The terror of alien invasion is reinforced by the horror of the Martians’ physical form, which embodies an anxious contemplation of the foreign unknown. Wells’s description of the Martians, like his description of their war-machines, is a combination of specificity and ambivalence. The narrator, overcome with traumatic shock, provides most of the information. His report appears early in the novel, as ‘The Cylinder Opens’:

A big greyish rounded bulk, the size, perhaps, of a bear, was rising slowly and painfully out of the cylinder … Two large dark-coloured eyes were regarding me steadfastly. The mass that framed them, the head of the thing, it was rounded, and had, one might say, a face. There was a mouth under the eyes, the lipless brim of which quivered and panted, and dropped saliva … A lank tentacular appendage gripped the edge of the cylinder; another swayed in the air. [PM 3: 372]

He goes on to note ‘the peculiar V-shaped mouth’, the ‘extraordinary intensity of the immense eyes’ and the ‘fungoid …oily brown skin’ (PM3:372): it seems precise, but Wells complicates the situation for his illustrator by including a series of qualifications – ‘perhaps’, ‘one might say’, and the indeterminate ‘thing’. Goble’s response, nevertheless, is carefully calculated: presented with a suggestive field of possibilities, he focuses on the narrator’s emotional response. This is partly horror but mainly revulsion, summed up as ‘disgust and dread’ (PM">3: 372).

These two terms inform the illustrations, which make the Martians as repulsive as possible. Goble does not represent the description given in Chapter 3 until Chapter 11, matching it with a retrospective analysis, but his full page design, They were the most unearthly creatures, exemplifies the narrator’s disgust; the large eyes and rounded body are represented, but the main emphasis is on the tentacles. These are described in the text as ‘lank’ – long and limp; in the illustration, by contrast, they are anything but inert, and thrash convulsively. Indeed, in Goble’s designs the focus of the Martians’ repulsiveness is in their appendages. In part squid-like, being a combination of a crustacean and an invertebrate – and subsequently described as ‘octopuses’ (3: 287) – the Martians appearing in the illustrations are made to seem disgusting by making their tentacles wormy. Goble emphasises this feature throughout, invoking a fearfulness based on association – the workings of worms in the grave, the idea of worms as an unseeing primitivism which somehow links humanity to its primeval origins and, for some at least, the physical revulsion of being touched by these earthy creatures.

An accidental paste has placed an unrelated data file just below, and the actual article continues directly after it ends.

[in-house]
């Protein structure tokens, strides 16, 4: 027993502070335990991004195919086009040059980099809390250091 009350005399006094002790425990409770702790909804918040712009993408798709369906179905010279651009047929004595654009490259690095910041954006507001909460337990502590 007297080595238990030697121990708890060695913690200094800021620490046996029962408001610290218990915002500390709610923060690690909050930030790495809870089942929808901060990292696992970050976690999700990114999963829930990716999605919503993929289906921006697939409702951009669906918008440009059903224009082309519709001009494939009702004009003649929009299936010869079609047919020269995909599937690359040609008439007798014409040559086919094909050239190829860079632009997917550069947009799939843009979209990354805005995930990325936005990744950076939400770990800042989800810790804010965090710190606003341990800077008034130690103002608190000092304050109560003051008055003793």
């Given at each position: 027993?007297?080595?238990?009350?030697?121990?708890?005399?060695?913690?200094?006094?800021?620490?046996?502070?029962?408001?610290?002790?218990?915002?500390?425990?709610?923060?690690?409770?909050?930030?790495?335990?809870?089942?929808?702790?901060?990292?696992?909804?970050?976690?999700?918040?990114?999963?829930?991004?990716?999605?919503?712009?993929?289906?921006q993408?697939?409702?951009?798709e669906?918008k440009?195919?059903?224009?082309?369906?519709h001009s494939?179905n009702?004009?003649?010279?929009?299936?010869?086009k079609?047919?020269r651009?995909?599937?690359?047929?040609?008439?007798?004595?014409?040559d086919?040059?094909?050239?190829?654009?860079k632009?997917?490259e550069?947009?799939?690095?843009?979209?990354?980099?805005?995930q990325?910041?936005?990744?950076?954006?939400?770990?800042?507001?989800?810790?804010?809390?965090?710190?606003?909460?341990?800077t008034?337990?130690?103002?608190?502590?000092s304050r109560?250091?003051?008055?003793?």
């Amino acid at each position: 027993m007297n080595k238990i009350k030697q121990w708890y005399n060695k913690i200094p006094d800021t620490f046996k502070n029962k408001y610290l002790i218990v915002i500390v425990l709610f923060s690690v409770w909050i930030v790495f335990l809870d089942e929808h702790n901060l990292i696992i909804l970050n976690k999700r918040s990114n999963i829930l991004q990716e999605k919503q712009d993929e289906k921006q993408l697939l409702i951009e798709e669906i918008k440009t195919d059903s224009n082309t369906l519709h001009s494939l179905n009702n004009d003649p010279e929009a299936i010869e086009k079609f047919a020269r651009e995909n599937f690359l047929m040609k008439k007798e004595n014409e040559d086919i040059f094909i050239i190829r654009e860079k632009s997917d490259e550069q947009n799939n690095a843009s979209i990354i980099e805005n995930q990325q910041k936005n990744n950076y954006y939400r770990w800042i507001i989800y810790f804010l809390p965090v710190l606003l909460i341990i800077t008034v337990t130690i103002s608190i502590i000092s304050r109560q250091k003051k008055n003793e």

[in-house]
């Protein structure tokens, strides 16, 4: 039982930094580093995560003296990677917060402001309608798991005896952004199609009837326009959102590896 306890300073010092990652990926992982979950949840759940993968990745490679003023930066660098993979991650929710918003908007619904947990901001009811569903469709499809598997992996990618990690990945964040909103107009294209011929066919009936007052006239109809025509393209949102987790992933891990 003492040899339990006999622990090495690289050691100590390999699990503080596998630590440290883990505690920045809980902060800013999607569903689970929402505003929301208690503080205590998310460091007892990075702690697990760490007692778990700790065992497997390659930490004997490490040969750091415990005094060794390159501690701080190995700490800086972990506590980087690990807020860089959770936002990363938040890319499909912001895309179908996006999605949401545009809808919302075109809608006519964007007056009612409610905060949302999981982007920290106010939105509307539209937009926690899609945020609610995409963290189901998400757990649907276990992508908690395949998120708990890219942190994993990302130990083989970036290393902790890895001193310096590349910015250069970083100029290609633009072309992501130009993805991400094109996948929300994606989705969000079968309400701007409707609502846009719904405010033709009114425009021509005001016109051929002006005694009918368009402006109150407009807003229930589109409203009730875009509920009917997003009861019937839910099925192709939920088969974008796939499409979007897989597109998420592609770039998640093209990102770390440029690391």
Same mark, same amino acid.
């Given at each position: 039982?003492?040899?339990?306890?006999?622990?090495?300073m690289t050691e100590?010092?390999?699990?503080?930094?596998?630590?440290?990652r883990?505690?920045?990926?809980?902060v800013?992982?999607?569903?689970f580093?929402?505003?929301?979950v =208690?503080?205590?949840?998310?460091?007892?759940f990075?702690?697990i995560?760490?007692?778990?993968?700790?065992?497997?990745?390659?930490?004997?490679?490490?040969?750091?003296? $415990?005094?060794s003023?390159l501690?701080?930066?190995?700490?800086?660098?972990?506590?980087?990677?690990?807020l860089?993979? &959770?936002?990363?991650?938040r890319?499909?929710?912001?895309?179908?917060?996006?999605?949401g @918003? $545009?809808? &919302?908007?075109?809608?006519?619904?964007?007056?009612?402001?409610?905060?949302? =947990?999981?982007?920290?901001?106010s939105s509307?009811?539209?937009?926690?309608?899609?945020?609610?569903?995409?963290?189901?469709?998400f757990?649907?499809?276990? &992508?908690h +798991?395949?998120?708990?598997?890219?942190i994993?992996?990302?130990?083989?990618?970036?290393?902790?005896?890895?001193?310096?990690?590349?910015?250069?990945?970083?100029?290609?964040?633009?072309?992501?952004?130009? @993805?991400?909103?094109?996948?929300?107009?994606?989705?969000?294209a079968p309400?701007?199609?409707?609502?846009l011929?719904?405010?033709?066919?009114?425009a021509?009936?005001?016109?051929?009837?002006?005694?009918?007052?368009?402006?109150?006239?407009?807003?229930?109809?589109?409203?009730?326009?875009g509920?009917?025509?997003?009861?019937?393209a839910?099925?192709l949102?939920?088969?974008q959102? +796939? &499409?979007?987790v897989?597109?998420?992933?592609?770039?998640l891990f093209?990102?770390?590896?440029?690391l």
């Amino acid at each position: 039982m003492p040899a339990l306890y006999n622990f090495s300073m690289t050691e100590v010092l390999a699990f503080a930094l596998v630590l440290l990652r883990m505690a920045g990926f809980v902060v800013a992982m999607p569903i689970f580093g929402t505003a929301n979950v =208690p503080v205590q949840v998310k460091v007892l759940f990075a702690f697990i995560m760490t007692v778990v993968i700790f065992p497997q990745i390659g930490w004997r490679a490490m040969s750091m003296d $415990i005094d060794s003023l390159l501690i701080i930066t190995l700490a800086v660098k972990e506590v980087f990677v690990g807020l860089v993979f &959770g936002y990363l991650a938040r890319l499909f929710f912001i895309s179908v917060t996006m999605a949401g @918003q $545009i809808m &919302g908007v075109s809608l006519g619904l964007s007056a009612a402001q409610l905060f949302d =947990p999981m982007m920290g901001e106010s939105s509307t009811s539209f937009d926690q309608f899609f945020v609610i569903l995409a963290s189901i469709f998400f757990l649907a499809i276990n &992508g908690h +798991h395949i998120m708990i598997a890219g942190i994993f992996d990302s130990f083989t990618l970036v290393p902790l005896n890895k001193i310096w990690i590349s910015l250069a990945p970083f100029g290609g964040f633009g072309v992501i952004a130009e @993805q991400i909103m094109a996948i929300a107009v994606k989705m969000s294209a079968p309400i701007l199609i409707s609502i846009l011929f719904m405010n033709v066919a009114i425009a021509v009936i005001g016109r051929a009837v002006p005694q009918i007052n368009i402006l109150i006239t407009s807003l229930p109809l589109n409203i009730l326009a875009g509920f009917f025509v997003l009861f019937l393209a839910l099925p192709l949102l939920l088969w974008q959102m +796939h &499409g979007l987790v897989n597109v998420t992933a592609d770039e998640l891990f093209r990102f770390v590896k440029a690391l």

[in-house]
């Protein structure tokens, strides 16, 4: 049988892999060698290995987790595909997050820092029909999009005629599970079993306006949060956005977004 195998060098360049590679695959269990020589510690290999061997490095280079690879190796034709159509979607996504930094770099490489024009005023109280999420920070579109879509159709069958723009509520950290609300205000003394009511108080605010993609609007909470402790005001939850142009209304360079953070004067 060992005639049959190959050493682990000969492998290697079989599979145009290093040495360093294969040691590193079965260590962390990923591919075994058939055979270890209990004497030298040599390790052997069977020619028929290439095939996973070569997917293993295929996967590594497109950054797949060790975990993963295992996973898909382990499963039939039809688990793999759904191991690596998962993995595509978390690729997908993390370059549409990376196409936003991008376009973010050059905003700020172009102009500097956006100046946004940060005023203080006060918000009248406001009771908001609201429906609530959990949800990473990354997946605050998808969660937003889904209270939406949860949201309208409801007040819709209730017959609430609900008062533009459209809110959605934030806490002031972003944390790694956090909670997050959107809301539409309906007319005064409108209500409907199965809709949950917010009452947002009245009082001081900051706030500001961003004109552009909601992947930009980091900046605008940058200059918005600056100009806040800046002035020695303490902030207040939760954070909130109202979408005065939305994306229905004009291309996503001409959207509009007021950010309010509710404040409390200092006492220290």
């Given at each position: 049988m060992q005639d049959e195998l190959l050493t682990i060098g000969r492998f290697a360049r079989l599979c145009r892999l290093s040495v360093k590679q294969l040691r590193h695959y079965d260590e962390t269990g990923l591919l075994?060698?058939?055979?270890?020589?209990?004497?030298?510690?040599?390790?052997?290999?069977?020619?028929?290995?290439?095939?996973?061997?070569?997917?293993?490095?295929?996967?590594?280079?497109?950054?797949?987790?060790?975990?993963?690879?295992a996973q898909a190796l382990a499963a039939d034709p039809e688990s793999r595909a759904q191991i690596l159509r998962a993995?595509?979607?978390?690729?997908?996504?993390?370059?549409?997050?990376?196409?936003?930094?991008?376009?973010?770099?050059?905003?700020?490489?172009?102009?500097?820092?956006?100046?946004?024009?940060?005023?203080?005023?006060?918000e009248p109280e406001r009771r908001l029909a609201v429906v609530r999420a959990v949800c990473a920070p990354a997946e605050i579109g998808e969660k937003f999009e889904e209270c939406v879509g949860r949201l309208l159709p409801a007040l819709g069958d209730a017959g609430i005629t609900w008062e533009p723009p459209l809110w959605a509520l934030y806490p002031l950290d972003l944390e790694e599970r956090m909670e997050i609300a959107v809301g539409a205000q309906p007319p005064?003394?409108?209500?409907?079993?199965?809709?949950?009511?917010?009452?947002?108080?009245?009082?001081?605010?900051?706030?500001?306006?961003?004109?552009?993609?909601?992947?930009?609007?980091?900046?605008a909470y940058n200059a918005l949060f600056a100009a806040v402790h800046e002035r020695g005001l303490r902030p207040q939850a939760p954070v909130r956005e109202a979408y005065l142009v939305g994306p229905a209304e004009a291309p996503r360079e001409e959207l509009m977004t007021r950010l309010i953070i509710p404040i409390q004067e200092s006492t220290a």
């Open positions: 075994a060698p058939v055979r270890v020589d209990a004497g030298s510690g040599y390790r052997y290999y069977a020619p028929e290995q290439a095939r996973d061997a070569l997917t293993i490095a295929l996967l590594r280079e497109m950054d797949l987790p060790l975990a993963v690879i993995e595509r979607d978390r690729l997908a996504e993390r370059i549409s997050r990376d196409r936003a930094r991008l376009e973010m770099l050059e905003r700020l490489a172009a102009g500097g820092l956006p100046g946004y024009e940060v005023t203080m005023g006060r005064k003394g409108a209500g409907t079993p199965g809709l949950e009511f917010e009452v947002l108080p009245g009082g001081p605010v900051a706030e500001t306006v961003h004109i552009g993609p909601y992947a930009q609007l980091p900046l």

Left: Suddenly he vanished. Middle: The handling machine. Right: It was like a black worm. [Click on images to enlarge them.]

This ‘strange horror’ (PM3: 372) is introduced in an early enhancement of Wells’s writing, which describes the death of the shop-man who is pulled into the pit. The narrator notes only that he sees the man’s head ‘bobbing up and down’, but the illustration, Suddenly he vanished, greatly intensifies the moment by showing the figure being pulled down into a seething mass of tentacles. This is not a matter of octopus arms or squid tentacles, but a veritable can of twitchy arabesques: the very embodiment of alien otherness.

Other illustrations assert the same sort of physical repulsiveness, and the horror is brought to a climax in the scene where the narrator is imprisoned in the ruined house. Hiding from the Martians, he narrowly escapes their touch, which Wells describes as ‘an elephant’s trunk’ and also, perhaps in acknowledgement of Goble’s visualization throughout the novel, as a ‘black worm swaying its blind head to and fro’ (PM4: 565). Text and illustrate converge in perfect harmony, and Goble further accentuates the nastiness of the moment by showing the narrator recoil in disgust as the black worm moves over him.

Goble’s Influence